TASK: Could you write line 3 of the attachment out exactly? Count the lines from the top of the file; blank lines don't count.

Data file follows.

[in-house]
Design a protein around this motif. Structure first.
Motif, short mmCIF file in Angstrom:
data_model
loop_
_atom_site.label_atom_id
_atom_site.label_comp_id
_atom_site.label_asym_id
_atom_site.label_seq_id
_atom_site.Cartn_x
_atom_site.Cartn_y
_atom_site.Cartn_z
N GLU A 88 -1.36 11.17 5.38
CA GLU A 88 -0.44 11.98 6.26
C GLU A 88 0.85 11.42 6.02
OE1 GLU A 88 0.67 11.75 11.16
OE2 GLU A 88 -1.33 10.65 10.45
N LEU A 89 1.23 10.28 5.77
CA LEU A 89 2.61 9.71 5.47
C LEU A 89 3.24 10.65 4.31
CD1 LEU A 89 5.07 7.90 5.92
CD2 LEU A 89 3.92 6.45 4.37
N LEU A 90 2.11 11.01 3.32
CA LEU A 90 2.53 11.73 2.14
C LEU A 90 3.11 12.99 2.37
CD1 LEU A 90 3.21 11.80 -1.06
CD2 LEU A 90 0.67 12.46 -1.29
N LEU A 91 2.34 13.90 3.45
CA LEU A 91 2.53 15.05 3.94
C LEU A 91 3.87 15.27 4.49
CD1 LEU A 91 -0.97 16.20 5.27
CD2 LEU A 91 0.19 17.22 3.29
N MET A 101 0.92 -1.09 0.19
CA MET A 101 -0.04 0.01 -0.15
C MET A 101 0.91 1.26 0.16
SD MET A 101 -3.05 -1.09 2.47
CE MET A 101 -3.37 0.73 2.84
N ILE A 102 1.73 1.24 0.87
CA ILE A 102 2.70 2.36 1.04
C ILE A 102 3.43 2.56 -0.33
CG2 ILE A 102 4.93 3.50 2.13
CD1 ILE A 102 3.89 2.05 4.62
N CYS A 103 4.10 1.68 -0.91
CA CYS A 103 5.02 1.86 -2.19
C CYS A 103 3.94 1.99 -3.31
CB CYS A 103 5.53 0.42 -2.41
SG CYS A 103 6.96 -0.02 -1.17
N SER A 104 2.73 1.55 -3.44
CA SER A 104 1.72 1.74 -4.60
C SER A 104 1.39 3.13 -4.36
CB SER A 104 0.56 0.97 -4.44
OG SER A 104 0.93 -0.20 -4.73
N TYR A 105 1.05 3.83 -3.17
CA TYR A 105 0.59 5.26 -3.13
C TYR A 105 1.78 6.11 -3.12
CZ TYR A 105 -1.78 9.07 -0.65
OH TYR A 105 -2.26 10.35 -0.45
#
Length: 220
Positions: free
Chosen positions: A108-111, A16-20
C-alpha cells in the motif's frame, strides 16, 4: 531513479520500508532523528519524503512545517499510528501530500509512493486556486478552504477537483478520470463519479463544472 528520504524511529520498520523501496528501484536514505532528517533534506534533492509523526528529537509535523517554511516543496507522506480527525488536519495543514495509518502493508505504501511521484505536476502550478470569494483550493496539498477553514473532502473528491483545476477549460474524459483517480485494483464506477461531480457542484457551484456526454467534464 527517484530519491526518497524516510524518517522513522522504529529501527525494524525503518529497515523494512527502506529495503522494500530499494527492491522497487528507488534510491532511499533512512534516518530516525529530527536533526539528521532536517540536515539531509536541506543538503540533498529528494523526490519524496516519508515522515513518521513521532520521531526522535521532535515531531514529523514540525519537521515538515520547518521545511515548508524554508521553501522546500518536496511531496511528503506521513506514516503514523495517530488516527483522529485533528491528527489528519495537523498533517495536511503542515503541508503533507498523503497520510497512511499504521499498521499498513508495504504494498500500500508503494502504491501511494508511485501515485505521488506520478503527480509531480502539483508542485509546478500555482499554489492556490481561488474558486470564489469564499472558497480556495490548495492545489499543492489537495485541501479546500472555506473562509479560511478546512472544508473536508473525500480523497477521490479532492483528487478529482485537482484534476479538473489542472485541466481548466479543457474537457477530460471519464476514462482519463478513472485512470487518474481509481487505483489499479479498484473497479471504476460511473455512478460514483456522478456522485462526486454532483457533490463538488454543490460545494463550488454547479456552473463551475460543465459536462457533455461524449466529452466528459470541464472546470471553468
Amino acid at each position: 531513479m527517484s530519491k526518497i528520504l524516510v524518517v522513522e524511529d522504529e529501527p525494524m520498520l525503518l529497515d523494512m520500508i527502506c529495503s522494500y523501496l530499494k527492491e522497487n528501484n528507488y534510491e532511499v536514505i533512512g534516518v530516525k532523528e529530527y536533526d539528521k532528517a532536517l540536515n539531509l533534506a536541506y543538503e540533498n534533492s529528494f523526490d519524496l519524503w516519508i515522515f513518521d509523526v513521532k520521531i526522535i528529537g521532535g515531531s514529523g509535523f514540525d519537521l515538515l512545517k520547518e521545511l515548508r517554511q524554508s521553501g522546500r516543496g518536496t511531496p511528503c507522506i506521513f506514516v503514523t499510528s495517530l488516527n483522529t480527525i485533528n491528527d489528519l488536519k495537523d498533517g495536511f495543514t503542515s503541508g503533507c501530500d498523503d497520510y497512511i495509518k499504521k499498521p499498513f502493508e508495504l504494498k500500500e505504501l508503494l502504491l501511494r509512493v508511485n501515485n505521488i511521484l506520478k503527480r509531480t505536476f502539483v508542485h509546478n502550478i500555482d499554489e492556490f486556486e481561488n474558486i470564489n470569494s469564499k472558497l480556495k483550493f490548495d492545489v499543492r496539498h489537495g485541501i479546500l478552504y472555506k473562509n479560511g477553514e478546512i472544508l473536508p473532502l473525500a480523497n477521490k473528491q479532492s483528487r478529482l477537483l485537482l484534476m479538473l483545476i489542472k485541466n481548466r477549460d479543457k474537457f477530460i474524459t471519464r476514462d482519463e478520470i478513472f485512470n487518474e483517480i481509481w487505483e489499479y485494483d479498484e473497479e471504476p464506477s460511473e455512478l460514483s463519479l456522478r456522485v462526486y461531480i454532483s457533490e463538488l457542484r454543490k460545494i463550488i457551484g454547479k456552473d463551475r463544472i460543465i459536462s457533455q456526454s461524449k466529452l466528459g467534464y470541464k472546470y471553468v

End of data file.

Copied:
Motif, short mmCIF file in Angstrom: